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Alumni News Kevin Storr November 08, 2016

Billie and Marvin Racowsky (pictured left)Billie and Marvin Racowsky (pictured left)Marvin Racowsky developed an interest in medicine while serving in the air force. After service, he was looking for opportunities in medicine and discovered UAB’s PA program in LIFE magazine.

At this time, UAB PA was one of only two programs in the United States so Marvin moved to Birmingham where he met his wife Billie (who also became a PA) and gained invaluable support and experience from the faculty team at UAB.

Marvin and Billie have been practicing PA’s for more than 40 years, with their first 10 years of practice in rural areas. In that time they established eight thriving urgent care facilities in Phoenix, Arizona, and raised two wonderful children, Samdon and Layme.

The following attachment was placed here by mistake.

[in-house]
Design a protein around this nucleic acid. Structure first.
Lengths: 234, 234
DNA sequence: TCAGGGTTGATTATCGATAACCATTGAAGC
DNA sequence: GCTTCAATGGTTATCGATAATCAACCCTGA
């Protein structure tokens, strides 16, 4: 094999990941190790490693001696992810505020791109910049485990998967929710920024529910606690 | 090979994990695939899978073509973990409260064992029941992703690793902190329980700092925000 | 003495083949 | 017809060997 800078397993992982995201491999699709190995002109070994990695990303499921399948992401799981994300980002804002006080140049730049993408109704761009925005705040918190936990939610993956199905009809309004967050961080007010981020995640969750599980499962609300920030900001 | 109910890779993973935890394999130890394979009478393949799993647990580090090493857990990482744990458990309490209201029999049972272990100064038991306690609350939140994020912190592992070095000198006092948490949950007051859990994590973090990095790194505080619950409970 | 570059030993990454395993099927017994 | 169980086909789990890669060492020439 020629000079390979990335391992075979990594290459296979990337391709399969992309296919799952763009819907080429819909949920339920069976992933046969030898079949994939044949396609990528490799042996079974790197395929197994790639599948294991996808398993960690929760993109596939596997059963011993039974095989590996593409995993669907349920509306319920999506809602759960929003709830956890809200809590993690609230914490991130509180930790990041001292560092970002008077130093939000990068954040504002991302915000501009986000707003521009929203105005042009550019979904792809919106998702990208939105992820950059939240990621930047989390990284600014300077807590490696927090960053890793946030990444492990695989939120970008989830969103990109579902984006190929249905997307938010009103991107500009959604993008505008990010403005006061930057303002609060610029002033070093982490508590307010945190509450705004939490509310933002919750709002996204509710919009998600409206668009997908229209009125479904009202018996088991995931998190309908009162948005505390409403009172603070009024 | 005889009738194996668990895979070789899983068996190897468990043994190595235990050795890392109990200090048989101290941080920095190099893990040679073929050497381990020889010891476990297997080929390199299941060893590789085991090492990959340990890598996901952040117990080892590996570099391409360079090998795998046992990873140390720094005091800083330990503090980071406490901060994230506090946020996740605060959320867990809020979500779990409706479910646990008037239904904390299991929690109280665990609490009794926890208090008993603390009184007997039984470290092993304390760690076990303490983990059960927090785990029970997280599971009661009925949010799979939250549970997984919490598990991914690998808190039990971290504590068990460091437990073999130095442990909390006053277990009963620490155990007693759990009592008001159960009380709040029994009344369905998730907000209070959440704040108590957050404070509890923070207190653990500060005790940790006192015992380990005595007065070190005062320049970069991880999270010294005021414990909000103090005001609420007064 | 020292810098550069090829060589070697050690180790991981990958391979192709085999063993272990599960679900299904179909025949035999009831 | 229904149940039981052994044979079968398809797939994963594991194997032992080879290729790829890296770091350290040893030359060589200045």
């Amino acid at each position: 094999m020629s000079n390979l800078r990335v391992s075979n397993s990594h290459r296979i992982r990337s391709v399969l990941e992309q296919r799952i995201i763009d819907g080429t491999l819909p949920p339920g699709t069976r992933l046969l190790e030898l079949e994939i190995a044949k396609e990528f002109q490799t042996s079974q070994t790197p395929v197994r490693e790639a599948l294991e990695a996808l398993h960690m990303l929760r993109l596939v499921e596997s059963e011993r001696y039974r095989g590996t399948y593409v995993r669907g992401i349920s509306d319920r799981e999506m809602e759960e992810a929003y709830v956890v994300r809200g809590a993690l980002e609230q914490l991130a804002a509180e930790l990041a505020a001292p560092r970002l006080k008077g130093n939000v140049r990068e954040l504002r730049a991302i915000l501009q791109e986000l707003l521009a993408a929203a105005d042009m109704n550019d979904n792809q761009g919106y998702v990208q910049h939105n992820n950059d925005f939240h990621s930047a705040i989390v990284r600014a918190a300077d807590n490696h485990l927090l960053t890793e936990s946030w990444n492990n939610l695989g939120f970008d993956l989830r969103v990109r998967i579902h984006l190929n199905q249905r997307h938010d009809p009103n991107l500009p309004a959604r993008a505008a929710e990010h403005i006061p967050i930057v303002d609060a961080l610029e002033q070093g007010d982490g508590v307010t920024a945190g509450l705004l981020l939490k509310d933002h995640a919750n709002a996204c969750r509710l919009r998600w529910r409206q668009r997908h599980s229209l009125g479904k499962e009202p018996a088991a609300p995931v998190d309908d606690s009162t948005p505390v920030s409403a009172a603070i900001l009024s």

UAB PA: What year did you graduate?

Marvin Racowsky: 1973

UAB PA: Why did you pursue the profession and why did you come to UAB?

Marvin Racowsky: I gained a love of medicine in the air force and knew I wanted to pursue something hands on. Billie started out as a coronary nurse. UAB was the first program to allow women to attend and provided financial assistance for me.

UAB PA: What was your favorite part of the PA program?

Marvin Racowsky: The support of the medical community around UAB – exposure to specialties that other fields were not allowed to. All the students in the program wanted to learn as much as they could and that was well-received by those in the hospital.

UAB PA: What was your first job out of the PA program?

Marvin Racowsky: The profession was very new when I graduated and I had a hard time finding a job in Alabama. Our first opportunities for jobs were in Des Moines, Iowa.

UAB PA: Who impacted you the most at UAB?

Marvin Racowsky: Kay Andrioli and Roger Lamb. They both went above and beyond to ensure we were properly trained and had opportunities to succeed.

UAB PA: What is your best advice for future PA students?

Marvin Racowsky: Enjoy the education – consider it your reference course to the profession because you’re going to refer to stuff for a long time – its useful information and will eventually become second nature

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